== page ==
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QUOTE (opus @ Dec 29 2007, 08:52 AM) <{POST_SNAPBACK}>
My brother -- who is a major gamer -- downloaded a bunch of demos to his PS3 that we checked out over the Christmas holiday. My favorite had to be Burnout: Paradise.

After playing the Burnout Paradise demo for most of an evening, I preordered it from Amazon.

It finally came in on Tuesday and I've been playing it at every opportunity. Great gameplay, a H U G E virtual world (I'm still discovering major streets on the map, not to mention all of the hidden roads, tunnels and unusual connections), and great effects.

This is easily the best game I've played in years.

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My brother-in-law bought my wife a PlayStation 3 for her birthday -- mainly because we were talking about high-def players and the fact that the PS3 is the only current Blu-Ray player that isn't already obsolete (due to the imminent switch from 1.0 to 2.0 profiles, or standards, or whatever the technical term is).

So ... now I have a game console, and I have nothing to play (except for the Motor Storm package that came with the PS3; we haven't opened it yet). What should I be looking for? Are there PS2 games I should avoid because they don't work on the new machine? (I noticed the Star Trek: Conquest PS2 game at the grocery store the other day -- it's only 15 bucks, in contrast to the other games that go for anywhere from $30 to $45 -- so I'm wondering if maybe I should start there... Or is that game so cheap because it sucks? and would it be incompatible with the PS3?)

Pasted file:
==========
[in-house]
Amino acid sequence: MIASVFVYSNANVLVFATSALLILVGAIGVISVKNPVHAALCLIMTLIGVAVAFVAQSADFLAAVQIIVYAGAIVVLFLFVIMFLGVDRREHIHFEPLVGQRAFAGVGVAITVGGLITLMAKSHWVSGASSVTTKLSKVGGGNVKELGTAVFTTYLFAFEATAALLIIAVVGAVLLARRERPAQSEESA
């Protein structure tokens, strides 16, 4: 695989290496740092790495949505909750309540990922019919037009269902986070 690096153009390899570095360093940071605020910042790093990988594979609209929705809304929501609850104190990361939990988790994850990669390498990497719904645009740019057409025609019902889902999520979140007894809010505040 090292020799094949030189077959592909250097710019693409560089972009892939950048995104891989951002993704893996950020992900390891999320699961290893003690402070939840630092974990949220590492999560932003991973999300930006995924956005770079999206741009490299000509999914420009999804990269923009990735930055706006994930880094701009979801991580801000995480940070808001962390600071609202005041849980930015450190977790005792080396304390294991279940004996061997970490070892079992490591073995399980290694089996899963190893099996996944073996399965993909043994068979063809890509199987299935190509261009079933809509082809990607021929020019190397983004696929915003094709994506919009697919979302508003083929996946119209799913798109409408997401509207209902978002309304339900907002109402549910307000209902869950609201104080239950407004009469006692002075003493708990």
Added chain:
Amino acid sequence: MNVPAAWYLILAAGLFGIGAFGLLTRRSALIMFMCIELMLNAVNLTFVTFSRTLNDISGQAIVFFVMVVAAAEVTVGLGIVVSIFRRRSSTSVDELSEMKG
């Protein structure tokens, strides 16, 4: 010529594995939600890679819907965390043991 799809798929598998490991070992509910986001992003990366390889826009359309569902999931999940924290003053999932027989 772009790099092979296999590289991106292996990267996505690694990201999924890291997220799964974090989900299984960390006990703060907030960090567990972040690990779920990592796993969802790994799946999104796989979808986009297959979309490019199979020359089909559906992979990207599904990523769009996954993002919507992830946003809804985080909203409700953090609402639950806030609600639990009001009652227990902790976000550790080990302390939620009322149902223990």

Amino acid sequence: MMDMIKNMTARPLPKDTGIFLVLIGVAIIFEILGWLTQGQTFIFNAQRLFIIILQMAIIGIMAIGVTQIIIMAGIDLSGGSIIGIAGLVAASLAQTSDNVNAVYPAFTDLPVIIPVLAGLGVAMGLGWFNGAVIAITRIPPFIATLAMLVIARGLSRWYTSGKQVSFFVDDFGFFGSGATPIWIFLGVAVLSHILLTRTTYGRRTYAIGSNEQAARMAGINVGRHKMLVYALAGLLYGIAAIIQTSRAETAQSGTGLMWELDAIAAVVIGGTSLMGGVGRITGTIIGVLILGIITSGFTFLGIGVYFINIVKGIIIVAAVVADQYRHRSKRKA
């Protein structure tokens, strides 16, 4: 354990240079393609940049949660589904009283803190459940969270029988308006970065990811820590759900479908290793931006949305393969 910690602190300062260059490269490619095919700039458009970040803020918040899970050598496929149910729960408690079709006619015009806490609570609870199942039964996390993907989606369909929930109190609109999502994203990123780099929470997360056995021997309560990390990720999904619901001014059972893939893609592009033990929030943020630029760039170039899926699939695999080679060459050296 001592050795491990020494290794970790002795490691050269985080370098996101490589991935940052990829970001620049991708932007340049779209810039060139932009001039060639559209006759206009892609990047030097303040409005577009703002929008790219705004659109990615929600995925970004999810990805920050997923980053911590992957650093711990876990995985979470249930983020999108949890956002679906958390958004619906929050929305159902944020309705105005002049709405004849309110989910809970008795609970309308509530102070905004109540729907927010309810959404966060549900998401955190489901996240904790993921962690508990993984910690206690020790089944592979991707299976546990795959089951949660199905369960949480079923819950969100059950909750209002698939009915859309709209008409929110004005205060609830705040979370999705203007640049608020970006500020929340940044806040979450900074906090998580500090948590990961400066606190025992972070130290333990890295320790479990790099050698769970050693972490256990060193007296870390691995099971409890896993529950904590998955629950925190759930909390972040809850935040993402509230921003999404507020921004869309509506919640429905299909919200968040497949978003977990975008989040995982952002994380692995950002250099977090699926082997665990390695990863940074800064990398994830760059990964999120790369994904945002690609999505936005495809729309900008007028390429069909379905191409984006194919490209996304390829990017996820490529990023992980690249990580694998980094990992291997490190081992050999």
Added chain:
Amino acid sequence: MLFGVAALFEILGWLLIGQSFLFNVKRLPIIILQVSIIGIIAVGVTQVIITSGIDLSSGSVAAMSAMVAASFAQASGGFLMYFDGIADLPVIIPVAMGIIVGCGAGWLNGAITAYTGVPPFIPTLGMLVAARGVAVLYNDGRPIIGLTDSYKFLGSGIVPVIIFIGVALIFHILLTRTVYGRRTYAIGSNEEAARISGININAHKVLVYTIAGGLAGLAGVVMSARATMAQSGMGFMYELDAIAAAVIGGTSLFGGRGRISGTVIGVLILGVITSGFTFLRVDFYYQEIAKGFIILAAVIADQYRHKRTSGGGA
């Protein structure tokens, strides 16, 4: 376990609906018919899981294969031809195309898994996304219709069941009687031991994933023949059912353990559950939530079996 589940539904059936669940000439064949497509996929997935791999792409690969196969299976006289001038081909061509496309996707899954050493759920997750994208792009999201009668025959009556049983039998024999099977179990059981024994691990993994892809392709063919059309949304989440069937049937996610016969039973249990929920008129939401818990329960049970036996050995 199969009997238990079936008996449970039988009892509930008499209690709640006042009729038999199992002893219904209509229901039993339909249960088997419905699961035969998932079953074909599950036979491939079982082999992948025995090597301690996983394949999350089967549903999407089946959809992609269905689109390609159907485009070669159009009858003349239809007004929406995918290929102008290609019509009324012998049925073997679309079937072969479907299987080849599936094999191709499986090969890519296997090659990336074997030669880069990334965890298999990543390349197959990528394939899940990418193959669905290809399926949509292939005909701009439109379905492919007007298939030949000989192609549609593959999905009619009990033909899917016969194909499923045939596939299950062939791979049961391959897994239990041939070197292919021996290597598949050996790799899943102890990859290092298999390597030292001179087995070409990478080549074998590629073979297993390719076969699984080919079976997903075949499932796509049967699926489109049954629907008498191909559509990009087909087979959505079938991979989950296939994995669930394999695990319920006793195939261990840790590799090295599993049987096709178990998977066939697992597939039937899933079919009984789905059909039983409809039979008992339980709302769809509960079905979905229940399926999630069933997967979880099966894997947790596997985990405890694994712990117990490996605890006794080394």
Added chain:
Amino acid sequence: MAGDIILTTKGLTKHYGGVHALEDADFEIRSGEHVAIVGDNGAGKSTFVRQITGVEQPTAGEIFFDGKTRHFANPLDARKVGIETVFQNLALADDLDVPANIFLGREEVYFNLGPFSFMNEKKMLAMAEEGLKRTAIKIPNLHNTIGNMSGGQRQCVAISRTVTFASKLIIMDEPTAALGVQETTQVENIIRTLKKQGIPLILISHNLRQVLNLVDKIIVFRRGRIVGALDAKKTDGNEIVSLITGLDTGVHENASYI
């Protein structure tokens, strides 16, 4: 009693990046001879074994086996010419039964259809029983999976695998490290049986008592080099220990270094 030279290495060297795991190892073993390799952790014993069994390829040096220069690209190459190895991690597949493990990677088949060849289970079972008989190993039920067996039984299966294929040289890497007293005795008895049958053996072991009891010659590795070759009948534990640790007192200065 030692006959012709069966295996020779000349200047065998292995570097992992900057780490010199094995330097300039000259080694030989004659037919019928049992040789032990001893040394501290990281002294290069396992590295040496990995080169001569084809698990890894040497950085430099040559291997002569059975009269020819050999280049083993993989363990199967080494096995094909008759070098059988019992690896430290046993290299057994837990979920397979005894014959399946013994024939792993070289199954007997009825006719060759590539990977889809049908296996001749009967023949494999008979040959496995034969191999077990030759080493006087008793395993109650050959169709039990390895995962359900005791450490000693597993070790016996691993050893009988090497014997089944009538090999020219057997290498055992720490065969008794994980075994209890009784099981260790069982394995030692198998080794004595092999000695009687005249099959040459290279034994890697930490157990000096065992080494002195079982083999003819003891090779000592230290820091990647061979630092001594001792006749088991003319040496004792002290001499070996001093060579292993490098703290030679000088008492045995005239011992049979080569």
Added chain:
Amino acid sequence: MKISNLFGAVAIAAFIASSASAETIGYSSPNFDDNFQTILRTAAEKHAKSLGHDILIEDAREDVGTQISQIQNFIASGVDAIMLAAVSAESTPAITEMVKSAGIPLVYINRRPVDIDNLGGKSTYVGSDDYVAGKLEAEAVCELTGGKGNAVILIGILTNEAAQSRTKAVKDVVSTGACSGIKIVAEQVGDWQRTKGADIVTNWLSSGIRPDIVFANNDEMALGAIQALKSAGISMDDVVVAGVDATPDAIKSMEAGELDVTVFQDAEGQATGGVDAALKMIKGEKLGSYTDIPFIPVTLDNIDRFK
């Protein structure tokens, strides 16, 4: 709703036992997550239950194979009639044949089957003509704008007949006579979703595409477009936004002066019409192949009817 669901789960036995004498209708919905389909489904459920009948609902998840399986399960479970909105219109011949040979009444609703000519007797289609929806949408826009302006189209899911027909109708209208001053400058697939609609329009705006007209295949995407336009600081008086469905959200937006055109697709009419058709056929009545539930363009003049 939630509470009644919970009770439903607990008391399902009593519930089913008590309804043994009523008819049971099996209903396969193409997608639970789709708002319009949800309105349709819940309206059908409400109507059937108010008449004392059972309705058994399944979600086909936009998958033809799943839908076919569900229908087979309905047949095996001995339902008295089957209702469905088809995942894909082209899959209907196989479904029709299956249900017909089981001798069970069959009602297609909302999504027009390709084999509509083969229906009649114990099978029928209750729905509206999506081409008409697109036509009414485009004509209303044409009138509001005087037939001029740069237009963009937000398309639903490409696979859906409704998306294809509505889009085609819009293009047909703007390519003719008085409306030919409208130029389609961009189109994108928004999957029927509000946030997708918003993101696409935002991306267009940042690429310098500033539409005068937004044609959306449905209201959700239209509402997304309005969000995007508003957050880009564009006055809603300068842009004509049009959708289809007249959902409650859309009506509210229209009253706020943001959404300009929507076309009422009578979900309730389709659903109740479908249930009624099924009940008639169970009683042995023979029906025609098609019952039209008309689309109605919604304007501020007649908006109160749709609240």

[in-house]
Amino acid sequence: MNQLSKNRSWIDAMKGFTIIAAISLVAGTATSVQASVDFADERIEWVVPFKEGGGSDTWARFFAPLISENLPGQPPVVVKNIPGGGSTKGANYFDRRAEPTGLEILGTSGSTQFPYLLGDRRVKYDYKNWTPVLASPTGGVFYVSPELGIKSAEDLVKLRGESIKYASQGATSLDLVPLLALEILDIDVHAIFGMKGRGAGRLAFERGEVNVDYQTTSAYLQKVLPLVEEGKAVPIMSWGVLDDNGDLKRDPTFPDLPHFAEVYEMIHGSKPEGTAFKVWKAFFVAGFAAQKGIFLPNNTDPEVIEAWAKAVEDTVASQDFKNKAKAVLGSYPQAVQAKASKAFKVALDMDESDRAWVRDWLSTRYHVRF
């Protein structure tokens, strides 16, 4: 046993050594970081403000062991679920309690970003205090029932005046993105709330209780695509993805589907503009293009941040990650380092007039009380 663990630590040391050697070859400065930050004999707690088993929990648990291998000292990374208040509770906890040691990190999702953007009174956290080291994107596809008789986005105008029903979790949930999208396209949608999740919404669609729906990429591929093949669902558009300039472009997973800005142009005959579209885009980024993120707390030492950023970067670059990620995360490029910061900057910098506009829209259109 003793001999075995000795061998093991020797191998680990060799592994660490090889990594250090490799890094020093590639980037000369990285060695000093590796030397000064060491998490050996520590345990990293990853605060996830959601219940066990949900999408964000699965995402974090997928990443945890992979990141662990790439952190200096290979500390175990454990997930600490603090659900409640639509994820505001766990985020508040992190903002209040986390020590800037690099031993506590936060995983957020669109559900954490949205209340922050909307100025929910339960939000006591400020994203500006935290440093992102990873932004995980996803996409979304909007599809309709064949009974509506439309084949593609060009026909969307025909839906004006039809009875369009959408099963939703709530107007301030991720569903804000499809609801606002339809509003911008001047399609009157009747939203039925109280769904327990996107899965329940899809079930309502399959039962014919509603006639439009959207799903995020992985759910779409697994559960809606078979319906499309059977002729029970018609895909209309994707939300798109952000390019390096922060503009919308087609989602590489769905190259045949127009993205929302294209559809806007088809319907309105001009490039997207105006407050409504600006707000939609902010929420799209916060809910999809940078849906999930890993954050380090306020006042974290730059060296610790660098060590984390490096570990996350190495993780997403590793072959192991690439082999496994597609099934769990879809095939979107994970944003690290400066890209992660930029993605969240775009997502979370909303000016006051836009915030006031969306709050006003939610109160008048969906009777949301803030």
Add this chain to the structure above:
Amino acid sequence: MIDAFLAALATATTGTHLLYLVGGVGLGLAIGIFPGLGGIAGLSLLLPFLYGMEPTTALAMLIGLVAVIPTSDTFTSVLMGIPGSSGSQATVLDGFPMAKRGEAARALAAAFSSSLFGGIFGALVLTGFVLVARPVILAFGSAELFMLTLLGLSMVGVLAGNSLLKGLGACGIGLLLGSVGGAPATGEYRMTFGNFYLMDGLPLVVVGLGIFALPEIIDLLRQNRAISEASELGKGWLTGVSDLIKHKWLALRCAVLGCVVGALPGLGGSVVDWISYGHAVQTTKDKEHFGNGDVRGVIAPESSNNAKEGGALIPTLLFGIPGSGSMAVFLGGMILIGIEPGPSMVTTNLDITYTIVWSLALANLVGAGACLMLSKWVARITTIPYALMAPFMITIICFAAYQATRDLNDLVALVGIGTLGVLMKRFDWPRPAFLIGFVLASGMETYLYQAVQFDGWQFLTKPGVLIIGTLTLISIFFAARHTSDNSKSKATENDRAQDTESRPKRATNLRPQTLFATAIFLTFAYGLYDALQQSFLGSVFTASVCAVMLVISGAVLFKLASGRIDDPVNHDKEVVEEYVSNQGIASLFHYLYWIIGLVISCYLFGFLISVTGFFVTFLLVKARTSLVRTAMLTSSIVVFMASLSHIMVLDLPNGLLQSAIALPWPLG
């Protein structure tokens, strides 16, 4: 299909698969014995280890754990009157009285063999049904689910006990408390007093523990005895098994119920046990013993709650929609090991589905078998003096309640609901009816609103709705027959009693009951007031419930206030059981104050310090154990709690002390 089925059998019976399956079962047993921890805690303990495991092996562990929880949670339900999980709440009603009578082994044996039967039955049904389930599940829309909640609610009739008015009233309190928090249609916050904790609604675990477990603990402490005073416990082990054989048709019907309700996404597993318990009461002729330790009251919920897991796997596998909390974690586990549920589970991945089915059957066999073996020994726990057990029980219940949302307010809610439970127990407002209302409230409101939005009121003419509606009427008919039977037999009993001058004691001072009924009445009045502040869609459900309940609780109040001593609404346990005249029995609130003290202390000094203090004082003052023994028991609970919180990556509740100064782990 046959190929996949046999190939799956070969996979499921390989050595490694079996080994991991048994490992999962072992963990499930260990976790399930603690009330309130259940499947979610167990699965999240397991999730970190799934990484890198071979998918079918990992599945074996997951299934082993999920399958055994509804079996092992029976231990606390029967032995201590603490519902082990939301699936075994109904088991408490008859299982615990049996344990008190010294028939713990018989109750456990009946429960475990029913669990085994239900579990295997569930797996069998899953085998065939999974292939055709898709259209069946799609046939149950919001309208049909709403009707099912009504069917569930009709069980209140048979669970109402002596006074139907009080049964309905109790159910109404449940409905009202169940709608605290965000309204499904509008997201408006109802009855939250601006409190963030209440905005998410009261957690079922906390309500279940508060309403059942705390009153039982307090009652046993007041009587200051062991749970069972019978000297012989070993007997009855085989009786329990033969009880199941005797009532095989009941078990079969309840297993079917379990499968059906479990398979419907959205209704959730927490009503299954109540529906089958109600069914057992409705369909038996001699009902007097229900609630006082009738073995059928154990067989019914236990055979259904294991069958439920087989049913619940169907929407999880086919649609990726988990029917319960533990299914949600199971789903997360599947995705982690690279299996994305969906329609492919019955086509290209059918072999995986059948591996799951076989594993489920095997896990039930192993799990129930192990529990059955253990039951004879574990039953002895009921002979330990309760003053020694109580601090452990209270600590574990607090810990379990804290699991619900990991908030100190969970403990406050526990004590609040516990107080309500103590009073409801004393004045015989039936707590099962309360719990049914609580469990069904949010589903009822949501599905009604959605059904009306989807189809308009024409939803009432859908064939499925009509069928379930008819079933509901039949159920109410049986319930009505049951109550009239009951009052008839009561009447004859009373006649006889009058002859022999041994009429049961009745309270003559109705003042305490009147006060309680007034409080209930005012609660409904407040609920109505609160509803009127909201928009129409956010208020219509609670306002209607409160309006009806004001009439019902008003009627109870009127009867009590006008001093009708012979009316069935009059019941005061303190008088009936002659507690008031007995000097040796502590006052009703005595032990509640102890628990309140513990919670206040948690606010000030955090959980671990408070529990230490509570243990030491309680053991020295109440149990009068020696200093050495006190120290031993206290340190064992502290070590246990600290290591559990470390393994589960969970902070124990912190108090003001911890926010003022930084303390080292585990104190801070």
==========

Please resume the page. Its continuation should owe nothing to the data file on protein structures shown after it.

Or maybe I should just avoid games altogether, lest my almost-two-year-old twins try to join in, and thus get hooked. It's bad enough they want to watch DVDs so often, already.

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QUOTE (Michael Todd @ Dec 30 2007, 03:11 AM) <{POST_SNAPBACK}>
Also, since January 2002, I have been an active PBEM (Play By E-Mail) Diplomacy player. As you might be able to tell, I tend to like games which are low-tech, with a major long-term commitment. A typical PBEM Diplomacy game lasts a minimum of six months.


I too play Diplomacy but online (http://www.floc.net/dpjudge/). What a great game, it is like chess only times 7! I wonder if there might be 7 of us here on A&F and we could do a private game?

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QUOTE (Thoreau @ Jan 27 2008, 09:34 PM) <{POST_SNAPBACK}>
QUOTE (Michael Todd @ Dec 30 2007, 03:11 AM) <{POST_SNAPBACK}>
Also, since January 2002, I have been an active PBEM (Play By E-Mail) Diplomacy player. As you might be able to tell, I tend to like games which are low-tech, with a major long-term commitment. A typical PBEM Diplomacy game lasts a minimum of six months.


I too play Diplomacy but online (http://www.floc.net/dpjudge/). What a great game, it is like chess only times 7! I wonder if there might be 7 of us here on A&F and we could do a private game?